The job interview is a great opportunity for you and your employer to get to know one another.
When you are looking for a new job, it’s important that the next company you work for is a good fit.
Trust me, the interviewer is going to make sure it's a good fit for them.
So, you should too!
At some point in the interview process, you may be asked to describe a time you disagreed with a coworker.
Reasons Behind the Question
Everyone has disagreed with a coworker at one time or another.
The interviewer is not looking for an unrealistic answer.
Anyone who's been around the block knows that working relationship will involve conflict at some point.
The reason you might be asked this question is to determine whether you are a team player, flexible, and influential, and to see how you handle conflict in the workplace.
How Not to Answer
First of all, this isn’t a trick question.
You want to avoid two extremes when crafting your response.
Extreme #1: Avoiding conflict at all costs
Here are a few ways you do not want to answer:
“I get along with everybody and have never disagreed with a coworker.”
"Conflict gives me anxiety, so I just avoid confrontation."
"If something comes up that I can't get around, I'll take the matter to the manager so I don't have to get involved."
The truth is, conflicts will arise in working relationships.
We can't avoid them, and therefore need to take a proactive approach rather than try to escape out the back door.
Extreme #2: Taking an overly aggressive stance
You also want to avoid these types of responses:
“Nobody disagrees with me because I am always right!”
"Last time I had a conflict, I told my coworker we could take it outside and settle things. The issue didn't come up again."
Few things will look worse than appearing as though you intimidate others into agreeing with you.
How to Answer
1. Demonstrate your leadership skills
- A good leader is not someone who uses force to get what they want.
- A good leader can influence others around them by being a team player, flexible, and influential.
Show the ways you demonstrate leadership abilities in the face of conflict.
Taking responsibility for the disagreement and taking the first step to rectify the situation will show that you have good leadership qualities.
2. Show yourself as a listener
To be all of these things, it’s important to also be a good listener.
One of the most basic yet effective conflict resolution techniques is to sit two people down, and simply take turns sharing why they feel the way they do.
I am not saying that you and your coworker should see a therapist together.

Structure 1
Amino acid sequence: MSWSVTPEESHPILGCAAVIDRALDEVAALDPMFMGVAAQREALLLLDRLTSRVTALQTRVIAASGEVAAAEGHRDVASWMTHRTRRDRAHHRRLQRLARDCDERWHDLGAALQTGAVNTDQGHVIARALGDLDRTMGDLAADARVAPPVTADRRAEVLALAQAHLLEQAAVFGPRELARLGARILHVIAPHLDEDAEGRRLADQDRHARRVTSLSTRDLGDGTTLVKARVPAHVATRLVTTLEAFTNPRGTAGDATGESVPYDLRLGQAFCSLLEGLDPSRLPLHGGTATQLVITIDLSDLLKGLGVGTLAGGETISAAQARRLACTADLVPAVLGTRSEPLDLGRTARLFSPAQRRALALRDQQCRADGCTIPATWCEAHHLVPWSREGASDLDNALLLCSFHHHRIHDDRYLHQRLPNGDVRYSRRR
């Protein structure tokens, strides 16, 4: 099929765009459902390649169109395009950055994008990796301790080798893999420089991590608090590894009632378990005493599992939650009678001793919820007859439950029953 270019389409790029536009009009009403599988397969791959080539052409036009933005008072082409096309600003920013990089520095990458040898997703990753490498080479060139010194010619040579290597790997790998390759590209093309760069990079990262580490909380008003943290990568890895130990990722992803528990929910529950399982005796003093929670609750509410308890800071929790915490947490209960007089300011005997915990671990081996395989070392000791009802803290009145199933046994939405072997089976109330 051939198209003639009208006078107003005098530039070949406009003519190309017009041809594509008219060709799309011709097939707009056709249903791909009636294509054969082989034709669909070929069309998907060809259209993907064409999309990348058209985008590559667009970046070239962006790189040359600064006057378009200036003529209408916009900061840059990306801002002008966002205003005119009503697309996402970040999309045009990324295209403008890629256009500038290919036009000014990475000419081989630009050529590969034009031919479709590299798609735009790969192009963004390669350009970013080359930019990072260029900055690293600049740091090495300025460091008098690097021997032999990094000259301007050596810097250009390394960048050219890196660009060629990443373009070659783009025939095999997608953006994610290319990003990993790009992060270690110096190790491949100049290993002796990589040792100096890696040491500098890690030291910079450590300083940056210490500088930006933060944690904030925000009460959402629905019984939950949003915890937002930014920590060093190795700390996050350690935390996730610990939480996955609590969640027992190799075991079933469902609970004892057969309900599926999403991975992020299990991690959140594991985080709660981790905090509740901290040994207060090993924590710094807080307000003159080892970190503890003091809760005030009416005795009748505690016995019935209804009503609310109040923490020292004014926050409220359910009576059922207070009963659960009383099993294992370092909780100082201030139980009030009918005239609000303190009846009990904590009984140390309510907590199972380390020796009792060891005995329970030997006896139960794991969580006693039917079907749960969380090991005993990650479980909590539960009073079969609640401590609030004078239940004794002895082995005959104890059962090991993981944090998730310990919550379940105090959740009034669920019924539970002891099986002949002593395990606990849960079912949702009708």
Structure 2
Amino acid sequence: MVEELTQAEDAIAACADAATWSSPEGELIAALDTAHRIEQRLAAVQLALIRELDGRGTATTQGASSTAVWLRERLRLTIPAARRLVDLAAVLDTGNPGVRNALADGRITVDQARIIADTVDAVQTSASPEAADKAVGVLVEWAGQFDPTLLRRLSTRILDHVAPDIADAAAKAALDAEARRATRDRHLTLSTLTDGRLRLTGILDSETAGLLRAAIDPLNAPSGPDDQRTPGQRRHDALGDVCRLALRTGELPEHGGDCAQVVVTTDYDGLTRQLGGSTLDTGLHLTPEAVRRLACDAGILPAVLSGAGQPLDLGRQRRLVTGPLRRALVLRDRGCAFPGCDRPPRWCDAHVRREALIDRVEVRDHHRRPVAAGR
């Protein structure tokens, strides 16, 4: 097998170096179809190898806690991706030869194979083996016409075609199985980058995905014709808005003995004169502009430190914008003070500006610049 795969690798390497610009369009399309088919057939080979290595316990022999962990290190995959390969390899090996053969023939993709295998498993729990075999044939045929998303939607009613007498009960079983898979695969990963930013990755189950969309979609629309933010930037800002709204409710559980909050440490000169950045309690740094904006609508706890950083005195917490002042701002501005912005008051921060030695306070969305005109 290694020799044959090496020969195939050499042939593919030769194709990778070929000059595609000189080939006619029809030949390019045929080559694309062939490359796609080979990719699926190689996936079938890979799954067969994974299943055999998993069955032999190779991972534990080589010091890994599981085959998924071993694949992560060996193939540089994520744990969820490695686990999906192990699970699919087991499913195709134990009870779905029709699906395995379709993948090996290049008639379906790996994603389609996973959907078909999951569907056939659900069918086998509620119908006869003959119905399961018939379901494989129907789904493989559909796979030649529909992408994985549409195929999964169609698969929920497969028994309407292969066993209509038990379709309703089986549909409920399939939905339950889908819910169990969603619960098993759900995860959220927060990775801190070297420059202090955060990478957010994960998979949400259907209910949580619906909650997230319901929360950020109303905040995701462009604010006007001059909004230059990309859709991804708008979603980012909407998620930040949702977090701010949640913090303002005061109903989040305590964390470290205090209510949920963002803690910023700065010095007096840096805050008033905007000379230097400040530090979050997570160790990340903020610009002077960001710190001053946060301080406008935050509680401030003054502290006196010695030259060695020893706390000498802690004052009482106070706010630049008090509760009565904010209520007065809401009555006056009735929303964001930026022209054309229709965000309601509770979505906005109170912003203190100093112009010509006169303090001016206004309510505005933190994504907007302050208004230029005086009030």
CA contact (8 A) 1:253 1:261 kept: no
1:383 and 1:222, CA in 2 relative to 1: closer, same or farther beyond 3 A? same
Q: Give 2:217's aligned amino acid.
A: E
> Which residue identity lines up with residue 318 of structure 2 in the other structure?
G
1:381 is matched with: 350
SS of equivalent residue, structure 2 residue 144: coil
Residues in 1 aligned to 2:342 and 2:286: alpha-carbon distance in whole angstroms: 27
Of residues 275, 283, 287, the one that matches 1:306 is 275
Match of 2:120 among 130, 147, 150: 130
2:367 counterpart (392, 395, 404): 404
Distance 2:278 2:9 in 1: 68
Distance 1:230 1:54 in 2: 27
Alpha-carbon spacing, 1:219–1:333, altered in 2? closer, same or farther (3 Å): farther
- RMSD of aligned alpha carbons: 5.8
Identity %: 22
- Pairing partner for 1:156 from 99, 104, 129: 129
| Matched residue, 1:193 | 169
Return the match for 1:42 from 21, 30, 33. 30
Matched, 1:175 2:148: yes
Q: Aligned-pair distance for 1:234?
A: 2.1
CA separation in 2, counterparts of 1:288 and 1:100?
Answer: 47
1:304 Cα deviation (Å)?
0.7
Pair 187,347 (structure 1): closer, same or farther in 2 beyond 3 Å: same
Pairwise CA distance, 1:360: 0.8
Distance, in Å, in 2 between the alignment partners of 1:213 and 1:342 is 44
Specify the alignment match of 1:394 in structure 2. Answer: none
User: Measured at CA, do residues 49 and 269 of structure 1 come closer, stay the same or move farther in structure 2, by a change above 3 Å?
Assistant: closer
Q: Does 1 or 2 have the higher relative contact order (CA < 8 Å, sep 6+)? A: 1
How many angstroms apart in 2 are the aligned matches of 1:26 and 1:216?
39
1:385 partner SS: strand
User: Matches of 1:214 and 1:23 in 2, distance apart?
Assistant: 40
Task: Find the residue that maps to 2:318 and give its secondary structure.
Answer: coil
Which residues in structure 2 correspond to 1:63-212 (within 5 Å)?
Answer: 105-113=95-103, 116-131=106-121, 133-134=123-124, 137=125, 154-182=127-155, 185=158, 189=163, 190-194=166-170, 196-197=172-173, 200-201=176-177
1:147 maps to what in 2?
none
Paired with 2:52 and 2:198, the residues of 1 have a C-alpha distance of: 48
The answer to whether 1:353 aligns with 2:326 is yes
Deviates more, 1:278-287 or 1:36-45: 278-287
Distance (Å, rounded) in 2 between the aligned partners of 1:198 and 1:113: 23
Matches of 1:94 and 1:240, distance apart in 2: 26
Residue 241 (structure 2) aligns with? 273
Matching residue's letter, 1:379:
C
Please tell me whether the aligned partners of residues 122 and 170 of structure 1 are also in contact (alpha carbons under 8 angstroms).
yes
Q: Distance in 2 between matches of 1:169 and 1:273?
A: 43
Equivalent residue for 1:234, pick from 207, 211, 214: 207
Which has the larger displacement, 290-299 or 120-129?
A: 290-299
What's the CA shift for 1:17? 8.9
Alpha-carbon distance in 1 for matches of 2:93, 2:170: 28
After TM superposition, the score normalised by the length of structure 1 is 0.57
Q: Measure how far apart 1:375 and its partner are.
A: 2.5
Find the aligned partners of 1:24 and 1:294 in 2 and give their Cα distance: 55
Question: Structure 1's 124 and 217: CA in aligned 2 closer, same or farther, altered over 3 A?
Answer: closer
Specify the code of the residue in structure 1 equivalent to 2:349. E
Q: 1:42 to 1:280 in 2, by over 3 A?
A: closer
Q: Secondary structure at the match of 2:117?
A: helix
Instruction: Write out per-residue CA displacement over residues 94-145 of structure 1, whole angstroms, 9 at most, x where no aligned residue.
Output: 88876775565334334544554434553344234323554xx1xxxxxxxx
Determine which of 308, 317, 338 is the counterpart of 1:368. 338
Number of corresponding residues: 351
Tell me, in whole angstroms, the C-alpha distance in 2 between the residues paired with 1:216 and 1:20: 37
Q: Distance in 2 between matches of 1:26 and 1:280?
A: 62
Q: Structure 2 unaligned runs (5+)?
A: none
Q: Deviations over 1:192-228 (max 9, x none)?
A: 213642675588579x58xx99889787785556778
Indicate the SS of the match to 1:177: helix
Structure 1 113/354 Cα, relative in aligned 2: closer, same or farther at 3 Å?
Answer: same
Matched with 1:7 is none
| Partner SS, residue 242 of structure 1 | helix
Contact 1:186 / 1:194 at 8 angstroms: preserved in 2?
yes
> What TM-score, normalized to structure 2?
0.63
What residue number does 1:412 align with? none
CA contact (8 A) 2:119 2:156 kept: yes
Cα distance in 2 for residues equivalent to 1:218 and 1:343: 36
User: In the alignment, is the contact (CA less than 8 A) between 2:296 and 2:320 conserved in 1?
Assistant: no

But when you are answering this question in an interview, it is important to show off your leadership skills.
Show that you took the initiative to ask your coworker what it is that they disagree with.
Demonstrate your awareness of the fact that once you understand what they disagree with, it is easier to find a solution.
A Few More Tips on Answering
Also, remember these important elements in conflict resolution.
Try to work them into your response, if applicable:
- Show that you did not gossip.
There are few things less professional than gossiping about a disagreement.
You don't want to mention that the conflict became fodder for water-cooler conversations for the next week or so.
- Show that you took initiative.
It often takes time for a full-blown disagreement to arise.
If this was the case for you, mention that you took the initiative to resolve the conflict before it got worse.
- Show that you communicated directly.
There are some things for which shooting off an email or texting back and forth just won't suffice.
State how you met with your coworker face to face to work out the disagreement.
- Show that you sought a mutual understanding.
This goes hand in hand with the vital element of listening.
Demonstrate how you found common ground with your coworker to reach a positive outcome together.
- Show that you remained calm and collected.
It is always difficult to keep a lid on emotions such as anger or frustration.
But in working relationships, we must maintain professionalism and respect.
Hopefully, you never let your temper get the better of you and ended up having a full-on shouting argument.
Focus on the way in which you sought and found a resolution together.
- Show that you learned from the disagreement.
Every situation you face should be thought of as a learning experience.
When relating your disagreement during the interview, demonstrate how you turned it into a positive circumstance from which you learned something.
Here's an example of how to answer this interview question:
Hiring manager: "Describe a time you disagreed with a coworker."
Applicant: “About a year ago, a coworker and I had a disagreement about whom a specific account belonged to.
I requested to meet with my coworker one on one to discuss the situation.
First, I asked her to explain to me why she thought the account belonged to her.
After listening and understanding her side, we both agreed that the best way to resolve the issue would be to work the account together.
Both of us were happy to work on the account and we actually became very close friends after working together so closely.”
Here's the bottom line:
It's okay to disagree with a coworker. How you handled the disagreement is what matters.
The interviewer will be very impressed if you are able to show your interviewer that you ...
- Communicate with respect
- Solve problems on your own
If you are interested in taking your interview preparation to the next level, check out our amazing article on the 50 Top Job Interview Questions & Answers.
If you still need some extra help refining your pitch, feel free to reach out to us at Find My Profession.
Our career coaching service is sure to assist you as you are looking for a job.
Here at Find My Profession, our goal is to help you find vocational success.